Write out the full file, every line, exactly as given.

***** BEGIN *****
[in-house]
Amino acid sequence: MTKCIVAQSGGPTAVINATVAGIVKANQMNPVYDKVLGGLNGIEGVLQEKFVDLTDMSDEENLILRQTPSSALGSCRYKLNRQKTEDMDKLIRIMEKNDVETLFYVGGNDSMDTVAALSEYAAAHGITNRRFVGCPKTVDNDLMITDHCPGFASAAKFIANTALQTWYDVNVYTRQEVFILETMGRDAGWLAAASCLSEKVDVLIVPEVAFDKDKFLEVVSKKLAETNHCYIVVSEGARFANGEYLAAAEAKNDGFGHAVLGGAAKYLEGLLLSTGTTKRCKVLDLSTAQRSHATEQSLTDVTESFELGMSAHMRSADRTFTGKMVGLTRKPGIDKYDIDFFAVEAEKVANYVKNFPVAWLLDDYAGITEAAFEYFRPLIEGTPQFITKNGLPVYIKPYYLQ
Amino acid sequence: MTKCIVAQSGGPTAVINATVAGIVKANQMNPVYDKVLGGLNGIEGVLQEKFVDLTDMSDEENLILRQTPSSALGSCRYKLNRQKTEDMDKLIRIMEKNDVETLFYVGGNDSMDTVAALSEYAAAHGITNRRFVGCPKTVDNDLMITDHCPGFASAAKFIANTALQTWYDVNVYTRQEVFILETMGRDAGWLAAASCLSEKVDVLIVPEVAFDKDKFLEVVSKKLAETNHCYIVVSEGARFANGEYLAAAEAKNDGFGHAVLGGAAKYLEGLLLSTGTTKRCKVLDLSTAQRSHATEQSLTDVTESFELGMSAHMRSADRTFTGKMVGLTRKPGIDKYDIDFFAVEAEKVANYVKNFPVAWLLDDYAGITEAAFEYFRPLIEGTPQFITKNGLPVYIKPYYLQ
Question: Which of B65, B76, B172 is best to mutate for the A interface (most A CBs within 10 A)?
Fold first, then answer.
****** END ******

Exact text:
[in-house]
Amino acid sequence: MTKCIVAQSGGPTAVINATVAGIVKANQMNPVYDKVLGGLNGIEGVLQEKFVDLTDMSDEENLILRQTPSSALGSCRYKLNRQKTEDMDKLIRIMEKNDVETLFYVGGNDSMDTVAALSEYAAAHGITNRRFVGCPKTVDNDLMITDHCPGFASAAKFIANTALQTWYDVNVYTRQEVFILETMGRDAGWLAAASCLSEKVDVLIVPEVAFDKDKFLEVVSKKLAETNHCYIVVSEGARFANGEYLAAAEAKNDGFGHAVLGGAAKYLEGLLLSTGTTKRCKVLDLSTAQRSHATEQSLTDVTESFELGMSAHMRSADRTFTGKMVGLTRKPGIDKYDIDFFAVEAEKVANYVKNFPVAWLLDDYAGITEAAFEYFRPLIEGTPQFITKNGLPVYIKPYYLQ
Amino acid sequence: MTKCIVAQSGGPTAVINATVAGIVKANQMNPVYDKVLGGLNGIEGVLQEKFVDLTDMSDEENLILRQTPSSALGSCRYKLNRQKTEDMDKLIRIMEKNDVETLFYVGGNDSMDTVAALSEYAAAHGITNRRFVGCPKTVDNDLMITDHCPGFASAAKFIANTALQTWYDVNVYTRQEVFILETMGRDAGWLAAASCLSEKVDVLIVPEVAFDKDKFLEVVSKKLAETNHCYIVVSEGARFANGEYLAAAEAKNDGFGHAVLGGAAKYLEGLLLSTGTTKRCKVLDLSTAQRSHATEQSLTDVTESFELGMSAHMRSADRTFTGKMVGLTRKPGIDKYDIDFFAVEAEKVANYVKNFPVAWLLDDYAGITEAAFEYFRPLIEGTPQFITKNGLPVYIKPYYLQ
Question: Which of B65, B76, B172 is best to mutate for the A interface (most A CBs within 10 A)?
Fold first, then answer.